Today Abigail moved her motion that would replace the Lord's Prayer being recited at the beginning of each parliamentary day with a moment of silence for contemplation. As a country that has a clear distinction between church and state, and a diverse and multicultural community, the prayer has no place as part of this institution.
Ms ABIGAIL BOYD (10:16:31): I move:
That, during the current session, Standing Order 28 be varied as follows:
(1)The President, on taking the Chair each day, will read the following statement:
I ask all members to stand in silence and pray or reflect on your responsibilities to the people of New South Wales.
(2)The President may nominate another member, or request the Clerk, to read the statement.
The motion asks members of the House to amend Standing Order 28 to replace the Lord's Prayer as read at the commencement of a daily proceedings to provide the opportunity for all members, regardless of their religious beliefs, to choose to stand in silence while either praying or reflecting on their responsibilities to the people of New South Wales. Put simply, the Lord's Prayer is not relevant to every member of Parliament in this place. As a person who is not of Christian faith, I have two choices on every morning of sitting day: I either stand outside, excluded from the opportunity to participate in a key formality of the Parliament; or I stand inside the Chamber, falsely participating in a ritual that is not mine to participate in, betraying my own beliefs and devaluing those of others. Either way, I am excluded from the opportunity to join with the other members of this place to reflect on my responsibilities ahead of the sitting day in a way that is meaningful and personal to me.
That was not a problem I have had before. It is probably not surprising that when I worked at Kmart I was not required to listen to the Lord's Prayer before I could start serving people at the checkout; at UBS Investment bank we did not stand for the Lord's Prayer before the stock market opened. In fact, until I became a member of Parliament, I spent my days in institutions where diversity in gender, ethnicity, religion and cultural background were not only tolerated but also actively acknowledged and encouraged, and where it was frowned upon to reinforce harmful norms and stereotypes that would discourage that diversity.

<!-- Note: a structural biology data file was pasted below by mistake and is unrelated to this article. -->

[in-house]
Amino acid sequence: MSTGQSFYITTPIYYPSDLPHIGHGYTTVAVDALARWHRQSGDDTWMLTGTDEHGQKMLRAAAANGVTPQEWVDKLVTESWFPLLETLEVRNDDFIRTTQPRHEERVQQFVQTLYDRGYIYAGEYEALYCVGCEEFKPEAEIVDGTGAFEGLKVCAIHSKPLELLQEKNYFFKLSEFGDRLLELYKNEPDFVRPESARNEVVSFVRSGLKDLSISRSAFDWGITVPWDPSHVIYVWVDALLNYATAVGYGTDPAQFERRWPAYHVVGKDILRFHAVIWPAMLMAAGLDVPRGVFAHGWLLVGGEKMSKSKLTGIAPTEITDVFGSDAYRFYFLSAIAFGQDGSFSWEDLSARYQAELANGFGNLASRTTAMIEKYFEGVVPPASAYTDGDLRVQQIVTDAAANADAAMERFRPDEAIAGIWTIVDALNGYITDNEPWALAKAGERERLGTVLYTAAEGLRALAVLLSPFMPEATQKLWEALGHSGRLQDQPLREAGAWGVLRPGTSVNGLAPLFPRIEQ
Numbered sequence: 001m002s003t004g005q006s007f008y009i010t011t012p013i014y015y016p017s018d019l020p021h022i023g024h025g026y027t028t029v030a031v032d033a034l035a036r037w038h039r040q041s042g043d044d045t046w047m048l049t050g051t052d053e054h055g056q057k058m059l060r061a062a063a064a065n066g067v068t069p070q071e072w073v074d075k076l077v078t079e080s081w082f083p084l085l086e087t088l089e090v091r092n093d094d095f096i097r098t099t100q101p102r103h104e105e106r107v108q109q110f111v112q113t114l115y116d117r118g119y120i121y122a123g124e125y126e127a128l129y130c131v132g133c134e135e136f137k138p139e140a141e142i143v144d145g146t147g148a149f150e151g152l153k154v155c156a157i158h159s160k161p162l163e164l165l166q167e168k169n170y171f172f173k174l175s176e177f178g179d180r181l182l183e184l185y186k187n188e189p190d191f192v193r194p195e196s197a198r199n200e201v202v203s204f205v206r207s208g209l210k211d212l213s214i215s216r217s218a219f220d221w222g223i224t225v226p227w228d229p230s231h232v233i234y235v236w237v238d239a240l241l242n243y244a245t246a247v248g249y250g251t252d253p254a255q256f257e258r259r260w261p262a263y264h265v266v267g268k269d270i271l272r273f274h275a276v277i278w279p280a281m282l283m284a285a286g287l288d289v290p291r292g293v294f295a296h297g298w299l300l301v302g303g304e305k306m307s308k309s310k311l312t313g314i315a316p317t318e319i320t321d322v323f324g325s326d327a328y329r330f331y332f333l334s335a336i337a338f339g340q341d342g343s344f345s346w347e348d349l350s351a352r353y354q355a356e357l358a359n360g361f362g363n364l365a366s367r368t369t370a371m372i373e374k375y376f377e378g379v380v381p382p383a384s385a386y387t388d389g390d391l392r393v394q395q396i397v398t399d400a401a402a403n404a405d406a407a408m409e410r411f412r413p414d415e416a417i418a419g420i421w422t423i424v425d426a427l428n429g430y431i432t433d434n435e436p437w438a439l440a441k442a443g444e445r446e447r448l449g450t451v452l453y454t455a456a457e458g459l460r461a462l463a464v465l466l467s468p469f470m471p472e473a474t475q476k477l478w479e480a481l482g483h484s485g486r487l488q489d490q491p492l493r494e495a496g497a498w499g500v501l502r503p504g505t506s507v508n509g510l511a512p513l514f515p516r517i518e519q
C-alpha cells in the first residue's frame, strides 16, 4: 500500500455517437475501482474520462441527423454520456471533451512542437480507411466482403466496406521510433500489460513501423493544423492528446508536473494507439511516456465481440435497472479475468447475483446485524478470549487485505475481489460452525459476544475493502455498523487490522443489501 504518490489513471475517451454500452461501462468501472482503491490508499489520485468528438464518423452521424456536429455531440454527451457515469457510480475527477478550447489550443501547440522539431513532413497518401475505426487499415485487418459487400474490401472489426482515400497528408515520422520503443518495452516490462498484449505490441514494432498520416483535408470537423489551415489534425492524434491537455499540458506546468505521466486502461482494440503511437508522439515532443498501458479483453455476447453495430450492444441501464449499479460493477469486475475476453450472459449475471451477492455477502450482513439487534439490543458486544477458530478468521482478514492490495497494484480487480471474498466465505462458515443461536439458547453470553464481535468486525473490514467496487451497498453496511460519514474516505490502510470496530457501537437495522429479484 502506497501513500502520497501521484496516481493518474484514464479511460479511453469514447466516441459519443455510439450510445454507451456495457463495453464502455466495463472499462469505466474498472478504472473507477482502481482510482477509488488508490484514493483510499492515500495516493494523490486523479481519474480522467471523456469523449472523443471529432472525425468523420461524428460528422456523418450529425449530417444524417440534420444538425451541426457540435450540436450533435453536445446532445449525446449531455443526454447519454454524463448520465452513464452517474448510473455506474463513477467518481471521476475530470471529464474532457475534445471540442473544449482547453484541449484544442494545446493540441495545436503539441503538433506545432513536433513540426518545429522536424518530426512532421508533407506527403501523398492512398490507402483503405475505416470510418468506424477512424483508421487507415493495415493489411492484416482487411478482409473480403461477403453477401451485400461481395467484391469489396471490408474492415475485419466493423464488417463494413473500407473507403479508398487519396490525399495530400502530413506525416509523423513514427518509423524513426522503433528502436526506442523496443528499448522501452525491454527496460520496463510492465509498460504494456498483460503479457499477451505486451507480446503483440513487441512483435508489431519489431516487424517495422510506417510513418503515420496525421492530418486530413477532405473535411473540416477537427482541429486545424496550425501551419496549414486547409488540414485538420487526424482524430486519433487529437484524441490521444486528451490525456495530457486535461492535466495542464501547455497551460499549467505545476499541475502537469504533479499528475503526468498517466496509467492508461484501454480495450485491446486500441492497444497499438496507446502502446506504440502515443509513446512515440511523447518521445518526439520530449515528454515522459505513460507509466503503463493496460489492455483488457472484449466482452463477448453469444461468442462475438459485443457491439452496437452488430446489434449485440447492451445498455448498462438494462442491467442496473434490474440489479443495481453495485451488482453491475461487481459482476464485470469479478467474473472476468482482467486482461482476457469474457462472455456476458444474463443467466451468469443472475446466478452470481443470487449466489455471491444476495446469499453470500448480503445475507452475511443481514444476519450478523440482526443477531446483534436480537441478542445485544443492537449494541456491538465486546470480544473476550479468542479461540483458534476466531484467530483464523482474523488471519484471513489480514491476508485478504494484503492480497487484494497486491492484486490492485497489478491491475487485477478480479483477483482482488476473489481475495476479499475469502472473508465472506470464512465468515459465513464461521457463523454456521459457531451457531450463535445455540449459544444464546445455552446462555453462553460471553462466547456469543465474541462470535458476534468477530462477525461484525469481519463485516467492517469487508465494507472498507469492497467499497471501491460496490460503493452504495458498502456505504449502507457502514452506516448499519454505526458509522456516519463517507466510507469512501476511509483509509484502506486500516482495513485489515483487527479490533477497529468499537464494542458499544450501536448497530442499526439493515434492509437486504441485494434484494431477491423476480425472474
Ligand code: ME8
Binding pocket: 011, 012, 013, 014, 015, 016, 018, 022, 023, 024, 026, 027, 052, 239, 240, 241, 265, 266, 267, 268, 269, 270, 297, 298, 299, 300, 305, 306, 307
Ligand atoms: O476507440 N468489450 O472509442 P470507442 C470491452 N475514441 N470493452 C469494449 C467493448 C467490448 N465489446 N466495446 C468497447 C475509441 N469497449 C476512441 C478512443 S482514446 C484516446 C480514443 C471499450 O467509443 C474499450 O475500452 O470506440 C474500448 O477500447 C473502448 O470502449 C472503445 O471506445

The reading of the Lord's Prayer in Parliament puts up yet another barrier to this place being truly representative of the people of New South Wales. We cannot escape that the vast majority of occupants in this place have over the years and decades been men of a certain cultural background. I am not surprised that the physical and structural aspects of Parliament reflect that history; that everywhere I look there are pictures, photographs, busts and names that are overwhelmingly of men; and that women, people of colour, people with a disability and people from a variety of religious affiliations are the very small exception to a general rule. I am surprised that as a collective this Parliament has not worked hard to make itself a more inclusive workplace for the future, so that in 10 or 20 years time there is a richer and more diverse history to this place than what we have seen so far. A very basic step towards that inclusion of a more representative group of people in our Parliament would be to acknowledge that the Parliament is not a Christian institution. It is wholly separate from the Church—from any Church—and it is wrong of us to make the recital of the Lord's Prayer, a wholly Christian practice, a core part of our everyday proceedings here. It excludes and alienates many of us who are not practising Christians.